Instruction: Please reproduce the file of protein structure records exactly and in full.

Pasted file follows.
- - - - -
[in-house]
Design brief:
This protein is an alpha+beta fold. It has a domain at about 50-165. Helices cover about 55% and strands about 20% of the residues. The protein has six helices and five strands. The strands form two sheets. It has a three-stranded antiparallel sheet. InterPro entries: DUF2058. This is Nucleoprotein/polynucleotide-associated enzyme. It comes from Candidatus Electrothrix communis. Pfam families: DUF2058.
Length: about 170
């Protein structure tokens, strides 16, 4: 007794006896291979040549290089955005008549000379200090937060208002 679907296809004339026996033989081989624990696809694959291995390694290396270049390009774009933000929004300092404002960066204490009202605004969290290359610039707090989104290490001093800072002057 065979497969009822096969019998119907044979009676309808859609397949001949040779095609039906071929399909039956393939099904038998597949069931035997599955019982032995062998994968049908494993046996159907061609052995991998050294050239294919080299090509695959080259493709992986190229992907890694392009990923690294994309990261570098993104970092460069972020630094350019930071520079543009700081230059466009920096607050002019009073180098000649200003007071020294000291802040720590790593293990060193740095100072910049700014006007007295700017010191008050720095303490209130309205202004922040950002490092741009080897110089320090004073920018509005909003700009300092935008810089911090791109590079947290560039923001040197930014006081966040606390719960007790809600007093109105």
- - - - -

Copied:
[in-house]
Design brief:
This protein is an alpha+beta fold. It has a domain at about 50-165. Helices cover about 55% and strands about 20% of the residues. The protein has six helices and five strands. The strands form two sheets. It has a three-stranded antiparallel sheet. InterPro entries: DUF2058. This is Nucleoprotein/polynucleotide-associated enzyme. It comes from Candidatus Electrothrix communis. Pfam families: DUF2058.
Length: about 170
């Protein structure tokens, strides 16, 4: 007794006896291979040549290089955005008549000379200090937060208002 679907296809004339026996033989081989624990696809694959291995390694290396270049390009774009933000929004300092404002960066204490009202605004969290290359610039707090989104290490001093800072002057 065979497969009822096969019998119907044979009676309808859609397949001949040779095609039906071929399909039956393939099904038998597949069931035997599955019982032995062998994968049908494993046996159907061609052995991998050294050239294919080299090509695959080259493709992986190229992907890694392009990923690294994309990261570098993104970092460069972020630094350019930071520079543009700081230059466009920096607050002019009073180098000649200003007071020294000291802040720590790593293990060193740095100072910049700014006007007295700017010191008050720095303490209130309205202004922040950002490092741009080897110089320090004073920018509005909003700009300092935008810089911090791109590079947290560039923001040197930014006081966040606390719960007790809600007093109105």